In playing viola it’s even more important you know the difference between weight and pressure
When you play in a forced way pushing the bow into the string, you ‘kill’ or ‘suffocate’ the sound and your effort won’t results in the tone quality you desire. This won’t get you a full sound and the unnecessary force and tension might even lead to injury.
Instead relax your right shoulder and arm. Transfer the weight of your arm into the bow through your index finger. Lean on the bow. Your bow hold should be slightly tilted to the left (pronation) to transfer the weight successfully. It’s like you turn a key a bit to the left. Your bow hold should be flexible and relaxed, so your bow can resonate optimally and your bow changes are smooth.
Step 4: Play in tune on the viola
When you normally play and correct your pitch by ear, it won’t be difficult to hit the right notes on the viola. You’ll notice yourself when it’s not right and you’ll get used to the larger distances within days or weeks.
Do you play with stickers on the fingerboard, you’ll have to work on your ear training. This will benefit your violin AND your viola playing. It’s very valuable to learn this.
4 Tips for left hand technique on the viola
Even if you know where you should be by ear, hitting the right notes can be a stretch for your hand. Try to pivot your lower arm, so your knuckles are more in line with the neck of the viola. The smaller the distance between your knuckles and the neck, the easier it is for your fingers to reach the right spots.
Your fingers should land on the string from above like little hammers. Make sure to embrace the viola with your left arm properly.
Yup, the fourth finger can be a challenge! It can help to place your thumb opposite your second or even third finger instead of the first finger.
It’s possible that you can’t put all four fingers at once on the viola. When you place the third or fourth finger, it can help to lift the first or second finger. Going up for example a scale, your hand rolls from the first finger to the fourth finger.
Step 5: How to read in the viola cleff
Violists read in a different cleff: the C cleff. Reading notes is the biggest challenge violinists experience when picking up the viola. The note C is on the middle line of the staff. This means that the note you see is seven notes lower than in the violin cleff. An easier way to look at this is that the note you see is an octave higher and a note lower than the note that should sound. In the image on the right you see the F cleff (cello and piano left hand), the C cleff (viola) and the G cleff (violin).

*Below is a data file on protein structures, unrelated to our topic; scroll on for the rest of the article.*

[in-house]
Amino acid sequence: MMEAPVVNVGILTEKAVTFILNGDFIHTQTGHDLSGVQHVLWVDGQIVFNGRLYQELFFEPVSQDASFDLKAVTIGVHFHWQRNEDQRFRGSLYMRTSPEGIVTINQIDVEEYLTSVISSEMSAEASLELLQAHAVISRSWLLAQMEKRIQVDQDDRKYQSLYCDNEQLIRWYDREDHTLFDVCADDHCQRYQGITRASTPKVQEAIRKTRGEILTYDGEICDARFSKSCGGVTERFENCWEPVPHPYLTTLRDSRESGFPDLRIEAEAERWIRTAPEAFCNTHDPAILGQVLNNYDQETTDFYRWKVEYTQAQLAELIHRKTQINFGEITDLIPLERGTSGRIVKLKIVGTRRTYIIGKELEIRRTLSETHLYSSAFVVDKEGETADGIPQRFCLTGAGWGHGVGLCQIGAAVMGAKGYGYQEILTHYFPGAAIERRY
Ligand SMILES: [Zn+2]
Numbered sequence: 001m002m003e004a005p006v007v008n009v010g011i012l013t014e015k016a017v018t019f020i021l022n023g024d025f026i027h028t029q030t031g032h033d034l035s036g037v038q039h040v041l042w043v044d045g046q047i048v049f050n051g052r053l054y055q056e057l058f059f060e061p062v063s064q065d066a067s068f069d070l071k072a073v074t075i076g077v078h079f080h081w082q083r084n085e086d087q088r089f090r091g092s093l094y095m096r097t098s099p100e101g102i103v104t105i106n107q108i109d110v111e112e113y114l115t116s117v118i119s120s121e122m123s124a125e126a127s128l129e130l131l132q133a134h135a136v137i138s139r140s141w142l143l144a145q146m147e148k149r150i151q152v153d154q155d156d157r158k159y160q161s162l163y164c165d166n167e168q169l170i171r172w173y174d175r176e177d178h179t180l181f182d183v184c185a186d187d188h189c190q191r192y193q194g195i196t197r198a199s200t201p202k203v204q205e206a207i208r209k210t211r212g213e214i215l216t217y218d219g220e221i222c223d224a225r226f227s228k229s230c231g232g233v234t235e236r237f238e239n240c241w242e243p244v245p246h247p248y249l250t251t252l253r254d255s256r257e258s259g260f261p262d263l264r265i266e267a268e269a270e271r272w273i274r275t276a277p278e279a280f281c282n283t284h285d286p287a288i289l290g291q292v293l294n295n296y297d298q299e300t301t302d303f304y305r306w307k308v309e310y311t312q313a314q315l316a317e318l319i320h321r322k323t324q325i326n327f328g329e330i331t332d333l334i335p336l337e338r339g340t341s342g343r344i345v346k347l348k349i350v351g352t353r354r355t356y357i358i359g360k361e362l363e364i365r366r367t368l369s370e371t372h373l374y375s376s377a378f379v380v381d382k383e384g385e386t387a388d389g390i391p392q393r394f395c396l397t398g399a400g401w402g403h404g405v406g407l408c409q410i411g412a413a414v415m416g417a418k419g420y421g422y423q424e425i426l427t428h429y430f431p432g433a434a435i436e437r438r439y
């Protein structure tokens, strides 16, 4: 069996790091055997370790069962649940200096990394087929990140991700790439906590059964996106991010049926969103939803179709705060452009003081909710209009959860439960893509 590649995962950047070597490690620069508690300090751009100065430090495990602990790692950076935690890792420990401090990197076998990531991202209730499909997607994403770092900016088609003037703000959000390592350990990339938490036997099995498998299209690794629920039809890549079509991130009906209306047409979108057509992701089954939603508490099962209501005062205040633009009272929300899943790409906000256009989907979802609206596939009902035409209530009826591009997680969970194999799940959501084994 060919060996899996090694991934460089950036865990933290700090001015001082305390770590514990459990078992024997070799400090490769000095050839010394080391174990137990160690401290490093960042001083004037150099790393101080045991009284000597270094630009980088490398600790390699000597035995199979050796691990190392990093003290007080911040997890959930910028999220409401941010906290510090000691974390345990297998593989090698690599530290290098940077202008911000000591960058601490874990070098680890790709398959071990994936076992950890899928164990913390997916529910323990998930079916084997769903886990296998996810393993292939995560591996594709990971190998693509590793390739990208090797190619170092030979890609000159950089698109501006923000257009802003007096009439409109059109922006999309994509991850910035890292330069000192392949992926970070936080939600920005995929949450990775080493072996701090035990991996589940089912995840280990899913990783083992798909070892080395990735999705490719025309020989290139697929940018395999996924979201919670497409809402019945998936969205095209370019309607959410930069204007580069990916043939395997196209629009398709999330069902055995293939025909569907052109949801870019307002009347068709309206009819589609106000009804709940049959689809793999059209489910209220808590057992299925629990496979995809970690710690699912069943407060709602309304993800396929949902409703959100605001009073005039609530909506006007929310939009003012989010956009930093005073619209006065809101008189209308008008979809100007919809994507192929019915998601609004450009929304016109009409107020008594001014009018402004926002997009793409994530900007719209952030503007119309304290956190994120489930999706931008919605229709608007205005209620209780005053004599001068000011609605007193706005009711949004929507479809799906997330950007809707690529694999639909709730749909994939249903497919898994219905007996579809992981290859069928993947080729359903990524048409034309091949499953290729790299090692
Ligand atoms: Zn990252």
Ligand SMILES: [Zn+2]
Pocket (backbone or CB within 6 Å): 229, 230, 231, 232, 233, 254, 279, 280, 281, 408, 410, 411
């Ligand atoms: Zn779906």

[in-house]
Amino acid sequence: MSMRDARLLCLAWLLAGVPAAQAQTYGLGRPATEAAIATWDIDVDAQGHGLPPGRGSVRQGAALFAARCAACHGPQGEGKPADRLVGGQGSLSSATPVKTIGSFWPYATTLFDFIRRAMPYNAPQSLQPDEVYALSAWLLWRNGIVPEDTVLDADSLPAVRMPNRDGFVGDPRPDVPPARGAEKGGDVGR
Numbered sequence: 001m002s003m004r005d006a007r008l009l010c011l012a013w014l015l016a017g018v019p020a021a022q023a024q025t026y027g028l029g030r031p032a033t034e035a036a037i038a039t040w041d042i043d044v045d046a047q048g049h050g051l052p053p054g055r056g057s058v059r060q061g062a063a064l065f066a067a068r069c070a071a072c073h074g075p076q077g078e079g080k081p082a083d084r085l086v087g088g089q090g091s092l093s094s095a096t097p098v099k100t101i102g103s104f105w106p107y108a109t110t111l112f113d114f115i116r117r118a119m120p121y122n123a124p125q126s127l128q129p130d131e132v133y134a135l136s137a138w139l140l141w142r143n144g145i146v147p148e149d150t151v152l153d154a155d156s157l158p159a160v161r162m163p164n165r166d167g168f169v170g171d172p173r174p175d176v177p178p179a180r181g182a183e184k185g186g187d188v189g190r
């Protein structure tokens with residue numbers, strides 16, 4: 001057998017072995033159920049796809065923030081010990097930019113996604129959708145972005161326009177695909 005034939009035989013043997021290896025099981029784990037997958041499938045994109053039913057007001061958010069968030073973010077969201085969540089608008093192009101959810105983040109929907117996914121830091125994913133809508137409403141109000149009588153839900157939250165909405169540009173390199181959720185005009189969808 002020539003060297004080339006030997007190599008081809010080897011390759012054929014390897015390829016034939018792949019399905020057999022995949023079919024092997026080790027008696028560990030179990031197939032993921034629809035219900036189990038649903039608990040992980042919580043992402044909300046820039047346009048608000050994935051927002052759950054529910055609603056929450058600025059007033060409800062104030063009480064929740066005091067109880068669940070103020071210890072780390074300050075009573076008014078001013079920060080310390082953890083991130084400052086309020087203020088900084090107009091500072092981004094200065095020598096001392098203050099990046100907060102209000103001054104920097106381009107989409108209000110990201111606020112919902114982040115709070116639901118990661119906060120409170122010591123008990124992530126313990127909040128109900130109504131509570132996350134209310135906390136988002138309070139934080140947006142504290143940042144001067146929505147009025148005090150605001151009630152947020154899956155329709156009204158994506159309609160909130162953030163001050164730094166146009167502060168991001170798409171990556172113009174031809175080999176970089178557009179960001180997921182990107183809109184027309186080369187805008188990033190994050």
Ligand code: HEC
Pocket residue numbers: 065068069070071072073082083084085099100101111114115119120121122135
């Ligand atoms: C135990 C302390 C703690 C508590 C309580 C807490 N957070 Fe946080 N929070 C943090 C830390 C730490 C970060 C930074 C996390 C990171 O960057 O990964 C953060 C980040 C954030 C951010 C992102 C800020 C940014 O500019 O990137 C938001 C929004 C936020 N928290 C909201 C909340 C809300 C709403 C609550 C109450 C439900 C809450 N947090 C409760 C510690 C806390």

How to get used to the viola cleff
Start with simple tunes, perhaps from a beginner book. While you are playing, say the note names out loud. It’s really important you know what you play (note name, grip, sound). Play more complicated pieces and keep aware of the note names. Within two weeks it’s possible to get used to the cleff. After this the best way to get fluent in reading the viola cleff is to join an orchestra and gain experience!
Don’t pretend to read in the third position on the violin, because you’ll get confused when there are a lot of sharps and flats.
Click here to read about my exercises about learning to read in a different cleff.
Yeah, I walk my viola talk!
I made an arrangement of Saint-Saëns ‘the Swan’ and recorded it playing on a viola while I just picked up the viola for a couple of days. Listen to the recording and download the free sheet music here!
Are you ready to pick up the viola?
Let me know your experiences in the comments below. I always love reading your musical journeys!